To pray for business prosperity, it is recommended to go straight to the shrine, pray, and then immediately return to the business for which you are praying.

 

◆Tomaro-kun is working hard at his studies.   [Nishiki Tenmangu Shrine]

When talking about scholarship and studies, most Japanese think of Sugawara Michizane. Though he was a real person, he was later deified as Tenjin-sama, the god of studies. The most famous shrine that enshrines Michizane is probably Kitano-Tenmangu in northern Kyoto, but he is also enshrined all over the country in many shrines. Of the top 25 Tenmangu shrines with the deepest connection to Michizane (known as kanko-seiseki-nijugo-hai), five of these are located in Kyoto. One of these, Nishiki Tenman-gu is located in one of the most unlikely of places. The shrine is located at the east end of what is known by locals and tourists alike as Kyoto's kitchen, Nishiki market street.

As the second Tenmangu shrine on the list, many students and learners visit this shrine. Many votive tablets are hung with wishes for a passing score or advancement in studies. The votive tablets at Nishiki-Tenmangu, round wooden balls known as Taigan-ume, are quite different from votive tablets that you can find at other shrines. To make a wish, write it on a thin slip of paper, stuff it into the wooden ball, and cover up the hole. The ball itself is small and has the word taigan-ume carved in Japanese on the side. Once you have written your wish, and made your offering, your wish will come true. You can either hang this from the tree to the side of the shrine, or keep it with you as a charm. Despite the shrine's small size and location in the middle of town, there are many other interesting things to do while worshipping during your shrine visit to Nishiki Tenman-gu. Among these are Nishiki-no-mizu spring water which you can drink, Karakuri-kuji fortunes, etc…
Tomaro-kun is visiting the shrine to pray to Michizane for help with his studies to become a god of good fortune. I wonder what advice Tomaro-kun was given!

◆Tomaro-kun visits a dragon god from India.   [Shinsen-en Garden]

Just south of Nijo Castle near central Kyoto lies Shinsen-en of the Toji Shingon sect of Buddhism. Shinsen-en is a gorgeous garden with history going back to the Heian period of Japanese history. Originally the garden was built as a private garden for the enjoyment of the Emperor and his family and was 500 meters by 240 meters large. Later on during the Heian period, a Buddhist teacher by the name of Kukai brought the garden under the care of Toji, which has managed the garden until this day.

The circumstances which led to Kukai taking the garden under the care of the Shingon sect date back to a drought that affected all of Japan. During the drought, Kukai and another priest by the name of Shupin were called to pray for rain. Kukai's prayer for rain brought a dragon goddess from far away India to make her new home in the pond located on the grounds of Shinsen-en, bringing rain to the area. To this day, Shinsen-en bustles with people who visit in hopes that the dragon goddess will grant their wishes. Upon entering the garden grounds, many feel a calming sensation, proving that this location truly is full of power, a true power spot. In order to receive the blessings of the goddess, have one wish in mind as you cross over the scarlet, arch shaped bridge and visit the shrine of the goddess. If you follow these steps, your wishes will be fulfilled. Oh! Tomaro-kun is up on the side of the arch. Be careful Tomaro-kun!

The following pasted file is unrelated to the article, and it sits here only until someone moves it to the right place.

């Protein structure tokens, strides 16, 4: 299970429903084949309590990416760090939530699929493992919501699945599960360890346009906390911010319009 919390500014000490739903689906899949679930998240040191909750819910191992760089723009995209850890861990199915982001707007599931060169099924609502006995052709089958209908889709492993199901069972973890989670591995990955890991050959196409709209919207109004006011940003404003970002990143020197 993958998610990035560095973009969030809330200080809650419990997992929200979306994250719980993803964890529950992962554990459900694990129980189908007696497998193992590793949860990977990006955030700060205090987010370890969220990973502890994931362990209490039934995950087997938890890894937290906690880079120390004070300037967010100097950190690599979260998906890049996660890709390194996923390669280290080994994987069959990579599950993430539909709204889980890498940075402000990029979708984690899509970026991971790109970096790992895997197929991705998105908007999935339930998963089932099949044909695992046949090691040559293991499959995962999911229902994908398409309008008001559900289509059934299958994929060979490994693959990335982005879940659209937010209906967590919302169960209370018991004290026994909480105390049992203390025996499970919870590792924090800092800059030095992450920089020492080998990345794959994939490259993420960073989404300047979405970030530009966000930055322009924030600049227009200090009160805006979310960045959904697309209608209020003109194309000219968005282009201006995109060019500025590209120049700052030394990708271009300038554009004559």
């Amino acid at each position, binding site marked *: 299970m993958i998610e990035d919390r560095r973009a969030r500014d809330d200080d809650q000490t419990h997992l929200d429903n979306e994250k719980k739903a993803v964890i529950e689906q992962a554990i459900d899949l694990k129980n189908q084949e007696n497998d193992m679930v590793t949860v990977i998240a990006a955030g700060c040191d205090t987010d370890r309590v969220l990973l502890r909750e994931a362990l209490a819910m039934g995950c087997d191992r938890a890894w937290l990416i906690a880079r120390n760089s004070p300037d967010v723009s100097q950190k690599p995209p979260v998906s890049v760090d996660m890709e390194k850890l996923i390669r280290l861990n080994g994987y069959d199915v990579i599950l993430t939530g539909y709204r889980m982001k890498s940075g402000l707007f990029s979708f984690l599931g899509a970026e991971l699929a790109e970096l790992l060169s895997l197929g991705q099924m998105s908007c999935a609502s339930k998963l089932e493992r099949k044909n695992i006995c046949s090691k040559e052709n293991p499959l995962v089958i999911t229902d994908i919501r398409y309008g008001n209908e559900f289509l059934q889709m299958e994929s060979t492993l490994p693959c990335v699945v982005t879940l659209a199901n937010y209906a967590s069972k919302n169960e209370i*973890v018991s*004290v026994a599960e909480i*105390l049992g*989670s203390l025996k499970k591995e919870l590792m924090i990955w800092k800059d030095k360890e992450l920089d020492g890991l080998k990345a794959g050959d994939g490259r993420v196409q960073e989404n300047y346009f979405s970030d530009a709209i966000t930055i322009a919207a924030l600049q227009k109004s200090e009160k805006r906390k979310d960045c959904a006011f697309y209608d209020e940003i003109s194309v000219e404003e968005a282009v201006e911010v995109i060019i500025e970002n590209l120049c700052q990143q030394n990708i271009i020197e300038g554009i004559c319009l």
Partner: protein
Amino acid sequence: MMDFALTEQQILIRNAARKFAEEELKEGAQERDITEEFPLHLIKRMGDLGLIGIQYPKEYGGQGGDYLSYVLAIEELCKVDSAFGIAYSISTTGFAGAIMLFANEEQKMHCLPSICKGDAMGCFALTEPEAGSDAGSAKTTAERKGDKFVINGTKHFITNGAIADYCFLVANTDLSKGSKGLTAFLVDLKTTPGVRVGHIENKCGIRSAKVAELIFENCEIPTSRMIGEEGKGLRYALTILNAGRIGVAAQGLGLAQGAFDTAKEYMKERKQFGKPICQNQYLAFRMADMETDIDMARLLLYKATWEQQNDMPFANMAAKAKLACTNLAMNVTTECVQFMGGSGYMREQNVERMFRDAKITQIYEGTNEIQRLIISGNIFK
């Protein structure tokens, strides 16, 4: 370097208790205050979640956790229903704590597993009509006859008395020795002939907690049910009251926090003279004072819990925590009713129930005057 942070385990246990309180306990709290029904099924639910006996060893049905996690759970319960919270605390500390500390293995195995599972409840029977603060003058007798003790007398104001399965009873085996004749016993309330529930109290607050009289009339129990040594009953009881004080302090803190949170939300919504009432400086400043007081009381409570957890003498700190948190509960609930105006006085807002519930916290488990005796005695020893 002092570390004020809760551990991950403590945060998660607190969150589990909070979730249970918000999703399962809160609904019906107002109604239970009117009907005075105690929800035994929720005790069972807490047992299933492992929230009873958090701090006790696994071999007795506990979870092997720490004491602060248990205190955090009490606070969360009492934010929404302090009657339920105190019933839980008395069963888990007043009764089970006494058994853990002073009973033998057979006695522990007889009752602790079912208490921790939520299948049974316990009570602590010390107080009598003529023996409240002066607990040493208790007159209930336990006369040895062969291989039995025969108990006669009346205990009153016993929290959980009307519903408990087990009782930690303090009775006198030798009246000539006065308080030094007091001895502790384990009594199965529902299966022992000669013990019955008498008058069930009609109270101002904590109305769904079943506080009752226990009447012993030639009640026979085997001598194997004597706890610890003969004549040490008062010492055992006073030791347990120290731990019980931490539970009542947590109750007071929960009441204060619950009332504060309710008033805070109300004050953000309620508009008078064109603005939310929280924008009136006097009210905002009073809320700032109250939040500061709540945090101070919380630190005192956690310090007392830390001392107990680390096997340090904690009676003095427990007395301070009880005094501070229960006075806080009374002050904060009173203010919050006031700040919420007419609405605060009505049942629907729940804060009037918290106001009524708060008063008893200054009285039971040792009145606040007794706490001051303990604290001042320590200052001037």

Because various shrines have been built at or around these principal power spots in Kyoto, it has become known as a land of spiritual faith. Furthermore, the objects of worship have been influenced by the times and changed from generation to generation. As a result, temples and shrines offer an increasing amount of blessings for road safety, familial safety, finding love, and business profit. The Japanese people have a long and rich history of following the gods and Buddha in hopes that their prayers and actions are noticed and blessings will come.

<Shinto shrine worship etiquette>
①Torii-gate~ Every Shinto shrine has a torii-gate. Before passing through the outermost torii-gate it is customary to bow.
②Shrine Approach~ The center of the road approaching a shrine is considered to be a path for the gods.
When walking this path, it is considered proper manners to walk along either side of the road, leaving the center open.
③Purifying Fountain
(Mitarashi)~
It is customary to cleanse your mouth and hands before worshipping at a shrine.
Pick up the ladle with your right hand and pour water over your left hand. Next, switch the ladle to your left hand and pour water on your right hand. Change back to your right hand, cup water into your left hand, and gargle with this water. Once you finish gargling, spit the water back into your left hand. Turn the ladle up so that the remaining water runs down the handle and return it to its original position.
④Etiquette for worshipping